Sancho from Kysuce shines in Hollywood

Sancho Martin spent his childhood in the northern Slovak area of Kysuce but is now fulfilling his dream in Los Angeles, rubbing elbows with Hollywood celebrities.

Sancho Martin shootingSancho Martin shooting (Source: Courtesy of Sancho Martin)

My Kysuce (MK): How did you leave Slovakia, and what was the reason?

Sancho Martin (SM): I first left for the US in 2008 for three months within the Work and Travel programme. Then I studied at Žilina University. I took my visit to the US calmly, as I knew I would return to Slovakia. Two years after, however, I stayed in the US for good. Leaving that time was more difficult for me – but also for my parents. We knew we would not get to see each other for a long time. This was some time in June 2010.

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I felt like it was kind of closing one chapter of my life, the Slovak one, and trying a new path, a new life. I didn’t know what to expect but I went for it.

MK: What were your beginnings in the States?

SM: When I arrived in the US for the first time I didn’t speak English and I had little money on me. I kept contacting anyone with my CV and was just looking for any job whatsoever. I came there with no expectations at all. Basically, I didn’t mind doing any job. But after looking for a job for two weeks, I still hadn’t found one. I was running out of money, and so the only thing left to me was to go and dance on Venice Beach. There I joined a group which did breakdancing and acrobatics. I showed the boss there my routines – it was sort of my first casting. He liked my tricks and immediately included me in the formation.

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I worked for two weekends with that troupe. I received my first wage for that, I think it was 50 dollars in one-dollar banknotes. Then I changed to another troupe, as the first one left for a tour. With the second one, I kept dancing until the end of my US stay. After about two weeks, we were invited to a talent show of the TV channel Comedy Central. The jury, composed of important persons, evaluated our programme as the best one. I remember that a buddy of ours jumped over the 10 of us in a somersault at the end of the performance. My first official job in a restaurant came only after a month and a half, though. Thus, it was breakdancing that saved me in the beginning of my US stay.

MK: And how did you get into acting?

SM: This happened when a manager addressed me, asking if I would like to try shooting videos, castings – claiming I had talent for that, including the movement. There I got my first chance. Until then, I had never thought I would end up acting.

When I still attended dance castings, sometimes it was about improvising and so it was kind of acting. Sometimes they needed a dancer who could also play various skits. I started to enjoy acting, and I found that I could put more of me into it. Gradually, I started visiting acting schools and going to castings. I enjoy playing a Native American or a fighter. I immediately fell for it but it took about one year before I started to engage more in acting. After this year, I more or less stopped dancing.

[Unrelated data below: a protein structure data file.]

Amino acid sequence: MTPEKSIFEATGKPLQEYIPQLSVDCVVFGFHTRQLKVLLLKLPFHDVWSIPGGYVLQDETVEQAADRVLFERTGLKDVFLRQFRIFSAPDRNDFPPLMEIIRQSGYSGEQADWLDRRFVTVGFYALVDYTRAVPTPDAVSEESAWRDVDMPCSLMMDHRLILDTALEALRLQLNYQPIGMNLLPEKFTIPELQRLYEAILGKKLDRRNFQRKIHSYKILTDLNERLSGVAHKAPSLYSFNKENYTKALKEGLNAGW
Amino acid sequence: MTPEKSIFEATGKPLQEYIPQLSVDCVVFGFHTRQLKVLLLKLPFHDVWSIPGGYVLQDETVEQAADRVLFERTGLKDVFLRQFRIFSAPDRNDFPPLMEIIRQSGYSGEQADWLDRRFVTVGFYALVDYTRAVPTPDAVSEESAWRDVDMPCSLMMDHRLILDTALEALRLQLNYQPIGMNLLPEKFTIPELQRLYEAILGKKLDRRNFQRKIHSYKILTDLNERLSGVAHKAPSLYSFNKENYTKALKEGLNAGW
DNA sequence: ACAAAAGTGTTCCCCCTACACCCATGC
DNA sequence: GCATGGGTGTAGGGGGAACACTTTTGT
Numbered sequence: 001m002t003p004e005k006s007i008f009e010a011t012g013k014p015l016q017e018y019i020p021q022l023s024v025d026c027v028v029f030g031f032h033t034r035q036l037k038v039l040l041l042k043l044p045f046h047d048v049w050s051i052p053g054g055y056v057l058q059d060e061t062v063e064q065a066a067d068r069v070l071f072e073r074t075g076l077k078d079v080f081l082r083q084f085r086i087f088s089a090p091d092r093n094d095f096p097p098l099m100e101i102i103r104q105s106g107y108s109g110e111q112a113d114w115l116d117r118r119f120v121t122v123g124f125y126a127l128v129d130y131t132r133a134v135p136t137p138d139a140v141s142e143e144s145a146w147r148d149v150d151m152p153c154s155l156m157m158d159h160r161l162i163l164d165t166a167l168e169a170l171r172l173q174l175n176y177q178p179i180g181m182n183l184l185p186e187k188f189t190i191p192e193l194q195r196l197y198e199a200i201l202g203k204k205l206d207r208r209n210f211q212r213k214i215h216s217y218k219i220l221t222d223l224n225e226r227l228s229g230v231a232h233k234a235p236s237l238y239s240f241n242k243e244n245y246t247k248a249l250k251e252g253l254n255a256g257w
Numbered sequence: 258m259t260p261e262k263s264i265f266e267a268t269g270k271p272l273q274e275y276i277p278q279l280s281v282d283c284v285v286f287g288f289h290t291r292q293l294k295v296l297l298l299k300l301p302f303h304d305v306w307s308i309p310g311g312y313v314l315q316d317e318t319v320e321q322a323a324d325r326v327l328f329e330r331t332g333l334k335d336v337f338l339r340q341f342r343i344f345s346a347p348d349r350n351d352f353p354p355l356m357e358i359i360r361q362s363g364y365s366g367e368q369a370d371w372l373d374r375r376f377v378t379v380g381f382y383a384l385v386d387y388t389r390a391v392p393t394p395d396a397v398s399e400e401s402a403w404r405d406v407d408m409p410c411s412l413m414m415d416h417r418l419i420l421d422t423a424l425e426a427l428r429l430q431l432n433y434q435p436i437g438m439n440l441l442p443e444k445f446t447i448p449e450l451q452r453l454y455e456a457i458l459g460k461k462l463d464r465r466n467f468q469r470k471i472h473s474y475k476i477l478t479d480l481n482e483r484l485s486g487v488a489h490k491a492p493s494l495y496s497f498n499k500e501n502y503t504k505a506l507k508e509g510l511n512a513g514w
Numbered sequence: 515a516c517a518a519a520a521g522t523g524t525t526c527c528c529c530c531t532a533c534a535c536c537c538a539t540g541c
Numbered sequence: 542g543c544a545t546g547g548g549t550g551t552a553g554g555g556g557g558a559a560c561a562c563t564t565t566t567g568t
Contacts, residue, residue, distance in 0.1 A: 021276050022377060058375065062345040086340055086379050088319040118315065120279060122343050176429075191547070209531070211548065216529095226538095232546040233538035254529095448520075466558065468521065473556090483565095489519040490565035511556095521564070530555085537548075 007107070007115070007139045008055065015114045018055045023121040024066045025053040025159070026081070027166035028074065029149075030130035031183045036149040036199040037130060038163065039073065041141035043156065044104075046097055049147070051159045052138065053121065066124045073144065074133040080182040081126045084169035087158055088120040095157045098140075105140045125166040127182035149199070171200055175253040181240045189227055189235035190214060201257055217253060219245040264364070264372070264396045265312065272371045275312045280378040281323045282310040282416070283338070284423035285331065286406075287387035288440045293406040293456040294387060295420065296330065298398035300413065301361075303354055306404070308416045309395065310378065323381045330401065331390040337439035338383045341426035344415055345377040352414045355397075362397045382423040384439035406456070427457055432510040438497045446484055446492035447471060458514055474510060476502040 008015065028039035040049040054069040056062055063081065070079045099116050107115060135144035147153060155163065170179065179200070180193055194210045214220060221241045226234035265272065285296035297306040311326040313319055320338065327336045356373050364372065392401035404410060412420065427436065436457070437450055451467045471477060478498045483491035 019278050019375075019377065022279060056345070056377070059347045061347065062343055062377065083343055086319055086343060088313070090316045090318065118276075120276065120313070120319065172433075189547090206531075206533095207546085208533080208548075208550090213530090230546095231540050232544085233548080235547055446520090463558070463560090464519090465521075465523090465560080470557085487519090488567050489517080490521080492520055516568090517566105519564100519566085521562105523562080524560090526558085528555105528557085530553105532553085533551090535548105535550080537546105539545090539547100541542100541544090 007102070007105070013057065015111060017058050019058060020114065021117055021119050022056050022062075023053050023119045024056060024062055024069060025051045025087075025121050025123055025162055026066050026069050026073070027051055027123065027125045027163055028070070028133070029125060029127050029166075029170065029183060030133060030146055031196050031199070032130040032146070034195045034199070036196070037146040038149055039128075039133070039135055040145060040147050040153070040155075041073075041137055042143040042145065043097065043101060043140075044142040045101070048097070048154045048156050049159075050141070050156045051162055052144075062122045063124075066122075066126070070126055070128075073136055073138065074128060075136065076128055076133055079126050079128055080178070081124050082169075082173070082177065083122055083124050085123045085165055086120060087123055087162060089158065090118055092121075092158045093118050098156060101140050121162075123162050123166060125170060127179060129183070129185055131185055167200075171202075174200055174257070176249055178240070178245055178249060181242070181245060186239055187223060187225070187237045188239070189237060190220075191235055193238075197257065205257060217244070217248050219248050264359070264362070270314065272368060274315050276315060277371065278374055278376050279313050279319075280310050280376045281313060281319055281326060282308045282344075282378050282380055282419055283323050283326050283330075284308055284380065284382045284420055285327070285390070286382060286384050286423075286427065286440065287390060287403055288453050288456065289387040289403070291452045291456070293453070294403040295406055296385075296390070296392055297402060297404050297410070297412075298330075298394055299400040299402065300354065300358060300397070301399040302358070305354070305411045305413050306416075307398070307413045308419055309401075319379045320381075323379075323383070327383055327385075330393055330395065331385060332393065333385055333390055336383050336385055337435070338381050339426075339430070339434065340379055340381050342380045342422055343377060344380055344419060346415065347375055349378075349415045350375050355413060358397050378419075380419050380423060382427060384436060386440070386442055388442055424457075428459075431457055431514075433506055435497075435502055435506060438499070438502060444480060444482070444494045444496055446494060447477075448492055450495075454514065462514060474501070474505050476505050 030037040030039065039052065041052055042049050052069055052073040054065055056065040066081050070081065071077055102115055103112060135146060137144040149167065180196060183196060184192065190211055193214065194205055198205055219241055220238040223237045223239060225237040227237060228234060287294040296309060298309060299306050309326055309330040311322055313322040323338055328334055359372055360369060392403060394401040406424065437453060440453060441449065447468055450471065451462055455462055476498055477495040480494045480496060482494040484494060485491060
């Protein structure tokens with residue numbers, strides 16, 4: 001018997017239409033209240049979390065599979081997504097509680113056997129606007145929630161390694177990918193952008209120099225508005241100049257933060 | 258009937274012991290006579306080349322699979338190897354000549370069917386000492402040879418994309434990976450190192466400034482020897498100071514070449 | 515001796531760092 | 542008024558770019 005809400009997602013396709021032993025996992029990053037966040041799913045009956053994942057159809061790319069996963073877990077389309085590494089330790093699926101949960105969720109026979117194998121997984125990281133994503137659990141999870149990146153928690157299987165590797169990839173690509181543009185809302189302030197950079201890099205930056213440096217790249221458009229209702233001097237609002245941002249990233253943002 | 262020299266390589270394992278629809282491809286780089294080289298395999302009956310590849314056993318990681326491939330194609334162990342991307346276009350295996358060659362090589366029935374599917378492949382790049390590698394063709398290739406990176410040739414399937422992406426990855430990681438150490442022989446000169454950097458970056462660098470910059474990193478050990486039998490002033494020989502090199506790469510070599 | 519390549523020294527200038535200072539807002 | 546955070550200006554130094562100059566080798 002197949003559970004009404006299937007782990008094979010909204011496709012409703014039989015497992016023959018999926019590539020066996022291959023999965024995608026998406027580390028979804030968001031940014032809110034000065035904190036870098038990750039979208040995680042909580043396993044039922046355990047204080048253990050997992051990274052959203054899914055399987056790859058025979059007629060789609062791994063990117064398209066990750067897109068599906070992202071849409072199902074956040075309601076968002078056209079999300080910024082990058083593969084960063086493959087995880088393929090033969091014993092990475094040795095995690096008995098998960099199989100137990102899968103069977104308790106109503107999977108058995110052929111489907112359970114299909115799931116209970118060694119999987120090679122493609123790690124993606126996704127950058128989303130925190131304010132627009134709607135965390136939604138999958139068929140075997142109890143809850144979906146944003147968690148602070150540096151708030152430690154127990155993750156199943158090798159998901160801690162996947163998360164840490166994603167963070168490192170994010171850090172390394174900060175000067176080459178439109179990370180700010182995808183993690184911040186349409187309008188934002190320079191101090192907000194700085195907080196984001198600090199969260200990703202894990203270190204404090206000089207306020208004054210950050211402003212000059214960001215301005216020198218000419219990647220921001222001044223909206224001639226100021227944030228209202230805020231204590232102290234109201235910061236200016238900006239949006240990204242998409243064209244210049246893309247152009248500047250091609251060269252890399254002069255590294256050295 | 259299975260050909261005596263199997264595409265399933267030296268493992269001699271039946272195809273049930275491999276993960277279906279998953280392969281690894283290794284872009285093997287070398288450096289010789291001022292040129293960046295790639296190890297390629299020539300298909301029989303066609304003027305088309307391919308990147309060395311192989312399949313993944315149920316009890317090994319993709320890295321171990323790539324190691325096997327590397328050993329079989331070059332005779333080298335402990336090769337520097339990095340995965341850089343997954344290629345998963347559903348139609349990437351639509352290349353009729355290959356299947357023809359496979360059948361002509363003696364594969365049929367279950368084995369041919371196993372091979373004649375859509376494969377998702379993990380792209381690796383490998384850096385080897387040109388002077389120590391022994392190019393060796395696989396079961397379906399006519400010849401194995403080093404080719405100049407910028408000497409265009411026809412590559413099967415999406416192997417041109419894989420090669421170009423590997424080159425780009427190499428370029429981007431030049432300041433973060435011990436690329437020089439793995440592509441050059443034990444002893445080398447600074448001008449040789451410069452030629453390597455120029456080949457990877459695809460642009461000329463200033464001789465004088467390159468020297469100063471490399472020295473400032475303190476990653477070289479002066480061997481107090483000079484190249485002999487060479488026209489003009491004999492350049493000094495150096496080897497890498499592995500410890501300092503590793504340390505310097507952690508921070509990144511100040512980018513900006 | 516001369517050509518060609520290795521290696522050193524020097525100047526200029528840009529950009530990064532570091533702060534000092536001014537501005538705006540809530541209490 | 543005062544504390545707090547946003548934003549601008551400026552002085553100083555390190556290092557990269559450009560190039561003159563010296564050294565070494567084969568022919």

MK: But you have not forgotten how to dance…

SM: I am lucky, as I started to do breakdancing at about age 12. It was physically very demanding. My father did powerlifting and I sort of grew up in a fitness gym. I liked it very much. Thanks to this early start, I have preserved all the exercises I learned when I young – and I still use them today. I love music and dance, and this will stay with me forever.

One day of filming in Hollywood....

MK: Let us have a look at your typical day of shooting. For example, you are doing an ad…

SM: It all starts with casting. Usually, there are two rounds. In the first one, you can meet about 50 – 100 candidates. Especially recently, ads are big on improvisation. Today, for example, I went to a second round of ad casting where I had to cut vegetables as a cook. In the second round, there are usually 5 to 10 selected actors. In the first round, the casting is attended only by a cameraman or a cameraman with a director but in the second one, there are also the main director and producers, with the advertising client. The roles can change quickly, however, and you must be able to improvise. Recently, I went to a casting for a Viking. They told me there, though, to play the role of a masseur in a wellness centre. They change you in a few seconds.

If they like my role, then they will call my agency after the second casting. But I need not be the only one for this role – companies often keep another actor as back-up. They may call me only after another week and only then, I find out whether they really chose me. And I can only be really sure when I am in front of the camera. When I’m going to shoot an ad, I never know, for example, how much I will get for it. It all depends on the fact, too, whether the ad will be broadcast at all, and if not, then I just get the money for one day of shooting. As actors, we keep hearing “No” all the time. Often, you are not selected.

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